Fortunately, my attempts to sneak whole-wheat flour into the pie crust were roaringly successful. A blend of half all-purpose, half whole-wheat pastry flour still gives a tender, flakey texture, and the whole wheat adds a light, nutty flavor that’s delightful combined with any pie or quiche filling.

Overall, the most critical success factor to pie crust making I’ve found is restraint (in all things but butter anyway). When working in the butter and shortening, do not over do it. The butter/shortening chunks should remain large, nearly the size of your thumbnail. When adding the water, stop just as soon as the dough is moist enough to hold together when pinched.

Homemade Whole Wheat Pie Crust

The second critical success factor: keep it cold. The colder you can keep the ingredients (and the less you handle the dough), the flakier your crust will be.

Easy Whole Wheat Pie Crust

Once the ingredients are combined, pop the dough into the fridge for some extra chill time, then we are ready to roll.

The Best Whole Wheat Pie Crust

Now, I’m not going to pretend that I am an expert pie-crust crimper. In fact, I rewatch this MarthaStewart.com video every time I bake a pie. Then, I remind myself that a beautiful crimp and a mediocre crimp taste identical. My edges might never be Martha-perfect, but remember, perfect isn’t what we’re after.

We’re after darn good, and this whole wheat pie crust is all of that and more.

How to make Whole Wheat Pie Crust

It doesn’t have to be perfect to be magnificent.

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Whole Wheat Pie Crust

An easy recipe for whole wheat pie crust that’s tender and flakey every time. Use this recipe for all of your favorite pies and quiches.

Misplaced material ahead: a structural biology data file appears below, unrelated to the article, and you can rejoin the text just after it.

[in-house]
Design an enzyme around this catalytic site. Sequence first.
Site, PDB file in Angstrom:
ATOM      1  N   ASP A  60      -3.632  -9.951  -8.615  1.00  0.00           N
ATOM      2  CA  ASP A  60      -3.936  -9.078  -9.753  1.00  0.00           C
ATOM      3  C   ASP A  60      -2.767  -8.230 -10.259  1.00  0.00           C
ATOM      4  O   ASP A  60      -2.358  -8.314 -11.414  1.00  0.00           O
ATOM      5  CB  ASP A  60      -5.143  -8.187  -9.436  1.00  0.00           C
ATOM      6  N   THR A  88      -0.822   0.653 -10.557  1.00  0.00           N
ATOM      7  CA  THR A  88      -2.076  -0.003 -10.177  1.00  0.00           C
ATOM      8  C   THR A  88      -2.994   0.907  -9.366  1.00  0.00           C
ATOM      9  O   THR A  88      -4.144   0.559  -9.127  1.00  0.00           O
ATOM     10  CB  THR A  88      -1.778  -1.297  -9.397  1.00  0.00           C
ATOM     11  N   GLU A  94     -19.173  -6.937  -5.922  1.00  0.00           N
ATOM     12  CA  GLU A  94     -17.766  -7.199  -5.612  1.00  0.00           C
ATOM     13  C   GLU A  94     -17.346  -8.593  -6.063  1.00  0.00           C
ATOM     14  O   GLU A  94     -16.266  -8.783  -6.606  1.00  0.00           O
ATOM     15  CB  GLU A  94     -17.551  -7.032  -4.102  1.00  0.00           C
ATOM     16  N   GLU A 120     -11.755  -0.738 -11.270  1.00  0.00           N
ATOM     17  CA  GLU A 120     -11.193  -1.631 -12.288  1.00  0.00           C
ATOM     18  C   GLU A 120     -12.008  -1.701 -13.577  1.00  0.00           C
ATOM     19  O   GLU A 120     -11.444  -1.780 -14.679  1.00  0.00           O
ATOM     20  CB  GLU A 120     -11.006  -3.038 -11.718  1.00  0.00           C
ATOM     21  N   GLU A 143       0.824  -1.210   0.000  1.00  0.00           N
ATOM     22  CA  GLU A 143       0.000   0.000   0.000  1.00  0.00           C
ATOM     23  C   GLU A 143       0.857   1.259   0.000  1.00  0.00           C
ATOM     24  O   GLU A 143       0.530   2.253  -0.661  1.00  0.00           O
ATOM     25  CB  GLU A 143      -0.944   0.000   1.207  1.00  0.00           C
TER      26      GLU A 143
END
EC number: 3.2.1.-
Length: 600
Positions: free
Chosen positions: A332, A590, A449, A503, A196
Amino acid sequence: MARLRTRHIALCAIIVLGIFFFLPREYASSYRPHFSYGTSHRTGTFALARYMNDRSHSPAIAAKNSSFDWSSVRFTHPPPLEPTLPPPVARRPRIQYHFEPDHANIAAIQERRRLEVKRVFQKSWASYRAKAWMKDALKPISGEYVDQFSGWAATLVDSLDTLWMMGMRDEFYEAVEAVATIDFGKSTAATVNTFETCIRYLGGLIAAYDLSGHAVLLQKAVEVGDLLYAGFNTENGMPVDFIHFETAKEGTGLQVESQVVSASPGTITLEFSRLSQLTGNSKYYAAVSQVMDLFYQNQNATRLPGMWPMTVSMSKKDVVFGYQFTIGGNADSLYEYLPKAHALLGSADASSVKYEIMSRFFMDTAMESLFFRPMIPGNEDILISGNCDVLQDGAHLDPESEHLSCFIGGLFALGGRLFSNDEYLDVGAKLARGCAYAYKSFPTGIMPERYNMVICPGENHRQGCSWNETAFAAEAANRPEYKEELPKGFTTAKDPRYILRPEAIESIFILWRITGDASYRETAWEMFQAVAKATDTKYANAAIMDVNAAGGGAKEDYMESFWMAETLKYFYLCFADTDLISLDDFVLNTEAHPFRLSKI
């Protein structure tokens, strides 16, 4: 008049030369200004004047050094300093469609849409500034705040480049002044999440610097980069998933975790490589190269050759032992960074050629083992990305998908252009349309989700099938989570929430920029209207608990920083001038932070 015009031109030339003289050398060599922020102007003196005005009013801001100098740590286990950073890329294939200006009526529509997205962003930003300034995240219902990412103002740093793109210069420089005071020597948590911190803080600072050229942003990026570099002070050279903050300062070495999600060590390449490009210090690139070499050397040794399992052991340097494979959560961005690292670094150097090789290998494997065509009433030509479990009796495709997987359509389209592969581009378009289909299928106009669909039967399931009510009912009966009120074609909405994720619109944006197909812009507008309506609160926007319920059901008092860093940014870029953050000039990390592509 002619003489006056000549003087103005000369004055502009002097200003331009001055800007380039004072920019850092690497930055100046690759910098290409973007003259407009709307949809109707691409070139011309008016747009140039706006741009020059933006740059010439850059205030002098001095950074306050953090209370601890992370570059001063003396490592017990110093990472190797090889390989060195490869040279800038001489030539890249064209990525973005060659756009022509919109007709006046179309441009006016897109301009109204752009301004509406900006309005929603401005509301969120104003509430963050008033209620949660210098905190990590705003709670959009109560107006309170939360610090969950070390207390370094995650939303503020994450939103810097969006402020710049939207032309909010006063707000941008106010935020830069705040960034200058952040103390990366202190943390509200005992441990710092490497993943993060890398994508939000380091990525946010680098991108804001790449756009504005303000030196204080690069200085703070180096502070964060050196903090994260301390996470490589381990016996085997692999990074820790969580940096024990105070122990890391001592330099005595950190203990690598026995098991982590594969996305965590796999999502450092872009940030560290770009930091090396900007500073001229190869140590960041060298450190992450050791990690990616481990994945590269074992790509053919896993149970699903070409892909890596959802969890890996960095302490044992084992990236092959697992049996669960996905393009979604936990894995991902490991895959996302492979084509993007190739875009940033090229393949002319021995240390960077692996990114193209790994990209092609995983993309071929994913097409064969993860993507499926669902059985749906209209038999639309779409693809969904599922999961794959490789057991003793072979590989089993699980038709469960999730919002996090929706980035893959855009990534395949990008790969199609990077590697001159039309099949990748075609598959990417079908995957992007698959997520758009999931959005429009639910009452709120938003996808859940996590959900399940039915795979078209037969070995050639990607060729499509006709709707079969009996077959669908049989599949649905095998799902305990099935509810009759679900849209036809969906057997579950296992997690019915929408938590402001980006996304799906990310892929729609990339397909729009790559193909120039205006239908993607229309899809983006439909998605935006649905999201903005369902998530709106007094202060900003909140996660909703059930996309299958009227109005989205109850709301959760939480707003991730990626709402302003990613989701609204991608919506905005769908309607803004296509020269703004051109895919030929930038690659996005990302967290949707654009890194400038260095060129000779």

Yield: 2 (10 inch) pie crusts

Prep Time: 10 minutes

Total Time: 1 hour 30 minutes

Ingredients:

  • 12 tablespoons (1 1/2 sticks) very cold unsalted butter
  • 1/3 cup very cold vegetable shortening
  • 1 1/2 cups all purpose flour
  • 1 1/2 cups whole wheat pastry flour
  • 1 teaspoon kosher salt
  • 1 tablespoon granulated sugar
  • 6 to 8 tablespoons ice water (about 1/2 cup)

Directions:

  1. Cut the butter and shortening into a small dice, then place them in the freezer while you prepare the rest of the ingredients. Place the all purpose flour, whole wheat pastry flour, salt, and sugar in the bowl of a food processor fitted with a steel blade, then pulse a few times to combin. Scatter the butter and shortening pieces over the top. Pulse 8 to 12 times, until the butter is the size of chickpeas. Some of the pieces will be small and others will be larger (about the size of a thumnail).
  2. With the machine running, add 4 tablespoons ice water to feed tube. Add the remaining water one tablespoon at a time, just until the dough is moist enough to hold together with a small portion is pinched between your fingers. Pulse the machine until the dough forms a shaggy ball. Place the dough on a lightly floured board and pat into a disk. Wrap in plastic and refrigerate for 30 minutes.
  3. Once chilled, divide the dough in two. Use both immediately or wrap and refrigerate for up to two days or freeze for up to two months.

Recipe lightly adapted from Ina Garten.

// All images and text ©/Well Plated.